With its cast of eight actors, most of whom play a variety roles, Dickie and Babe is a surprisingly big project and its myriad roster of characters allows only our eponymous protagonists any substance; the rest are either throw away placeholders or odd diversions, like Vicki Lewis’s excessive and superfluous jazz-age moll. While this talented actress’s scene leaves no doubt she would make a world-class Miss Adelaide, the whole thing is an excessive star turn. Other actors fare better. Weston Blakesley as the suspender snapping legal legend Clarence Darrow provides the closest thing Dickie and Babe has to a climax with his impassioned courtroom oratory. Even better is Ugly Betty’s Michael Urie, playing a variety of roles and chewing the scenery with each. His is the performance you leave remembering. But, no matter how talented the cast one can’t shake the feeling that joys of Dickie and Babe would be equally satisfied by a low-budget History Channel special or a visit to the appropriate Wikipedia link.
The musical Thrill Me is a whole different animal all together. A lean, mean hundred minutes, Thrill Me trims away all the fat; with only two actors and a sparse set, it refashions the Leopold and Loeb case as a dark, erotic love story. I Do! I Do! for the homicidal set. Here Leopold is a wide-eyed naïf whose only distraction from bird watching is his obsessive passion for Richard who, in this incarnation, is the Nietzsche expert and intellectual mastermind. Thrill Me is a concise and sardonic show marred slightly by its too-modern score and often obvious, pedestrian lyrics. A late in the game plot twist is misguided as well, a superfluous device to add shock to a story that’s plenty shocking already. But Thrill Me, despite these caveats, easily finds its groove and more than justifies itself as a piece of theatre. There is purity in its minimalism and a throbbing vitality in its musicality. Though musicals have for a long time addressed serious and unexpected topics, the notion of this particular show could seem downright ludicrous at first blush, if not downright stupid. It’s a testimony of Dolginoff’s instincts as a dramatist (not to mention as a producer) to write the show as nothing more than a relentless, one-act two-hander, with sexy young actors for the cast to boot. A more reasonable, accurate and traditional approach along the lines of Dickie and Babe would have failed to achieve the heightened dramatic universe that musical theatre demands. The show's creepiest and most effective moment is Loeb’s gentle serenading of little Bobby Franks, enticing the youth to just take a ride in his “roadster.” Moments like this certainly provide the thrills that we are promised but, given the grisliness of the actual story, one wonders: at what cost? It’s fair to ask if such a sexy and titillating evening of theatre is a responsible or guilt-free way to spend a Friday night.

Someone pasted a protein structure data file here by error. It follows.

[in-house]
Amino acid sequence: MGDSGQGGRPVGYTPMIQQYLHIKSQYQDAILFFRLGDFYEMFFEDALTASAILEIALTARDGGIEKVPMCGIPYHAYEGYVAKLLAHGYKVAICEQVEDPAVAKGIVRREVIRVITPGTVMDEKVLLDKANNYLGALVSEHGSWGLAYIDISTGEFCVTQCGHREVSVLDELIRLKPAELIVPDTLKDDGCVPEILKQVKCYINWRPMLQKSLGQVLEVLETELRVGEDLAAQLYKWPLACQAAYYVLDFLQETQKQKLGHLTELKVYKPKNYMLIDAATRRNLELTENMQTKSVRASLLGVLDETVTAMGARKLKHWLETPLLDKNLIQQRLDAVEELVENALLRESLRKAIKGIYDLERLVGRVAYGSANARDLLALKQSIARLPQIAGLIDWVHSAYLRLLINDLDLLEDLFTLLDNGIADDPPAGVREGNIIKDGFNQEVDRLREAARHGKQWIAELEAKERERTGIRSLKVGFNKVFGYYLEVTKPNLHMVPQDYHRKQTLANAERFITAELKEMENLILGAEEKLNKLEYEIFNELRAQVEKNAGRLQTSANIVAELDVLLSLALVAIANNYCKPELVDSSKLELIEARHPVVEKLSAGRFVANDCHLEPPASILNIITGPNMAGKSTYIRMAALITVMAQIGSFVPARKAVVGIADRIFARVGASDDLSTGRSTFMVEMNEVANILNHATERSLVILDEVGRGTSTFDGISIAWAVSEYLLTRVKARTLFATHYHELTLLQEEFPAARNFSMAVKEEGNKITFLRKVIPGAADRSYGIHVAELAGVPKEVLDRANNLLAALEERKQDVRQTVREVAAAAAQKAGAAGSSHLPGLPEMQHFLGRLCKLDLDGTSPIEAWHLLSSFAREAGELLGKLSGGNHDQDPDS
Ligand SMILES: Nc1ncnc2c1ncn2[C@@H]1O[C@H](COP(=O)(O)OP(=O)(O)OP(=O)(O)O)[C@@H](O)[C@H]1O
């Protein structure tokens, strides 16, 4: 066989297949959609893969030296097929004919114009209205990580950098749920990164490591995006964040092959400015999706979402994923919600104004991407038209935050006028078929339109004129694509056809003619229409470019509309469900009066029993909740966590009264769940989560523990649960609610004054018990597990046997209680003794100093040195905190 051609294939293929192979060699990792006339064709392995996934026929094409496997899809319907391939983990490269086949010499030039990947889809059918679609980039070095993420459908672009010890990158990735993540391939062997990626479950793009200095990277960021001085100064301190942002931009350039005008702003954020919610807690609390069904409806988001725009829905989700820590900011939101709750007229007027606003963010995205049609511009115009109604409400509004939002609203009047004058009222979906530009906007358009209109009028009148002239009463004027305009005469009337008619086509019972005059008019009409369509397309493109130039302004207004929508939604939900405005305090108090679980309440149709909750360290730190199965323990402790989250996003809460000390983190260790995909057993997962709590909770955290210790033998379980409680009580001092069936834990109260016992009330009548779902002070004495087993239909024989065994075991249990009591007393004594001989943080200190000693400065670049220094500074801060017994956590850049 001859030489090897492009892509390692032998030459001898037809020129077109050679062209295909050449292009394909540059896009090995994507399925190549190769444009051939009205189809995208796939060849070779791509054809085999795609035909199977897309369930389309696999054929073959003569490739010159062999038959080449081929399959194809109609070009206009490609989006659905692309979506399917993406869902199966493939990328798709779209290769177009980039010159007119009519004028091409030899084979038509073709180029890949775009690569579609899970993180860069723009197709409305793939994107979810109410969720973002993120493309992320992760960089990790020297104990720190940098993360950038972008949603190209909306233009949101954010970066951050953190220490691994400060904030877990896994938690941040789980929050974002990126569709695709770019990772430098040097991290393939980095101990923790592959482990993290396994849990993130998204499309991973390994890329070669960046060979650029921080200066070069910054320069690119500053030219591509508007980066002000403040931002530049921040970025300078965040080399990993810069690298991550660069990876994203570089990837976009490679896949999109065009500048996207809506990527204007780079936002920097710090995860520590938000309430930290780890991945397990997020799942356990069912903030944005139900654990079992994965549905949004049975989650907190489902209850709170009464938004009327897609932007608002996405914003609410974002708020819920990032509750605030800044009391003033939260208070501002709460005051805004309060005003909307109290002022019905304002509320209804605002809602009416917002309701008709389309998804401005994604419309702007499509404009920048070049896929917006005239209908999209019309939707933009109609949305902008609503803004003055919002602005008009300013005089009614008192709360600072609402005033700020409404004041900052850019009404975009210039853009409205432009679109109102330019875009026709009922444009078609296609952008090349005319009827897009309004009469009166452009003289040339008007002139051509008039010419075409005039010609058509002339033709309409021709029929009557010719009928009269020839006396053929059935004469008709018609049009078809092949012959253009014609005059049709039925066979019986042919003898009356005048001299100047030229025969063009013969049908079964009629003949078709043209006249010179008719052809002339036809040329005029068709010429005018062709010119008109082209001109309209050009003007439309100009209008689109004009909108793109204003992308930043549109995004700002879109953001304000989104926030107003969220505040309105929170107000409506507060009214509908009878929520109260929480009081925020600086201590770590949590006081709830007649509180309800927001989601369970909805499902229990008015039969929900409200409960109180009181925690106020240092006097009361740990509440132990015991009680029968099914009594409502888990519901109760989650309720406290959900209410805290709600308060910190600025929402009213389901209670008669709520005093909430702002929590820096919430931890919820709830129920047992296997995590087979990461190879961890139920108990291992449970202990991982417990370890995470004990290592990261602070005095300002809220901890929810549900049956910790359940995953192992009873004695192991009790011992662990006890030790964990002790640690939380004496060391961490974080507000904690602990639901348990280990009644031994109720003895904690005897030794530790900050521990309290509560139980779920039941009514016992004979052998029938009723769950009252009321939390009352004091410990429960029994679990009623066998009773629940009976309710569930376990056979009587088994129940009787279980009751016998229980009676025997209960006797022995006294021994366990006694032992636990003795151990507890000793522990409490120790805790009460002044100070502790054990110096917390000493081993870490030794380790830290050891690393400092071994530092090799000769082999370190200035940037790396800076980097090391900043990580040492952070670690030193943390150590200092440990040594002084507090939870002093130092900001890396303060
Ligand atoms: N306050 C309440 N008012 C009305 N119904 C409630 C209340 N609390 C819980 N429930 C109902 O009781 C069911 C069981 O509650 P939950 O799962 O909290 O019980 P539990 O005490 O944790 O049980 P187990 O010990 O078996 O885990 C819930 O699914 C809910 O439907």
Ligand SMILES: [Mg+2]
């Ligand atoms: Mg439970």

By untethering itself from any attempt at historicity, perhaps only Patrick Hamilton’s play Rope (Americanized and remade into a movie by Alfred Hitchcock) succeeds in navigating the minefield of intellectual hysteria, sadistic glee, and homosexual salaciousness that has transfixed the public from the beginning. Using the characters' sexuality as subtext and metaphor, the play is a shot of guilty pleasure, one hundred percent proof. The killers in Rope, fictional and English (perhaps deflecting a possibly nasty under current of anti-Semitism), describe the murder (which happens in the dark during the play's opening moments) with such sexually charged language as to leave every remotely astute member of the audience with little lingering confusion of the play's subliminal themes. The scintillation doesn’t end there. In a touch worthy of Titus Andronicus, as the murderers throw a dinner party, the guests feast upon a banquet under which the victim is neatly stored. While one might want to read some social or existential commentary into such a place setting, the device acts mostly as like an Agatha Christie suspense builder. Finally an Oscar Wilde-like character, the murderers’ former teacher and intellectual hero, introduces a dash of camp to the proceedings and exposes the boys’ crime. Rope is clearly no great work of lasting art, but it nonetheless provides the most distilled enjoyment of everything that keeps us coming back to those two boys from Chicago but with none of the very real moral precariousness that attends treating Leopold and Loeb as any kind of heroes or worse yet, gay martyrs.
From the case of the brilliant philosopher Krystian Bala who, just a few years ago, after mixing in some Derrida and Foucault along with his Nietzsche killed a man and then wrote a “fictional” novel about it, to the preppy intruders in Michael Haneke’s just re-made nightmare of a film Funny Games (and I mean that in a good way), the ghosts of Leopold and Loeb haunt us still. After 84 years, perhaps it is time to close the book on the pair lest our own baser interests get the better of us. Curiosity about the abstruse but all-too comprehensible connection between genius and madness will never abate the species as long as the more mysterious workings of our minds remain so murky and inaccessible. The abiding fascination with the fictional Hannibal Lecter is testimony to that.
Leopold and Loeb’s was a modern crime, perhaps the first. Divorced from motive, the evil that men do now had no meaning, no purpose beyond itself. God was dead and so was Bobby Franks. Though any casual viewer of CSI and Law & Order would have easily solved their “perfect murder” today, Leopold’s and Loeb’s real crime, the “perfect crime,” was opening a modern Pandora’s Box, for now bright boys could be madmen and madmen celebrities. The public can’t get enough of it. No work of theatre can atone for that.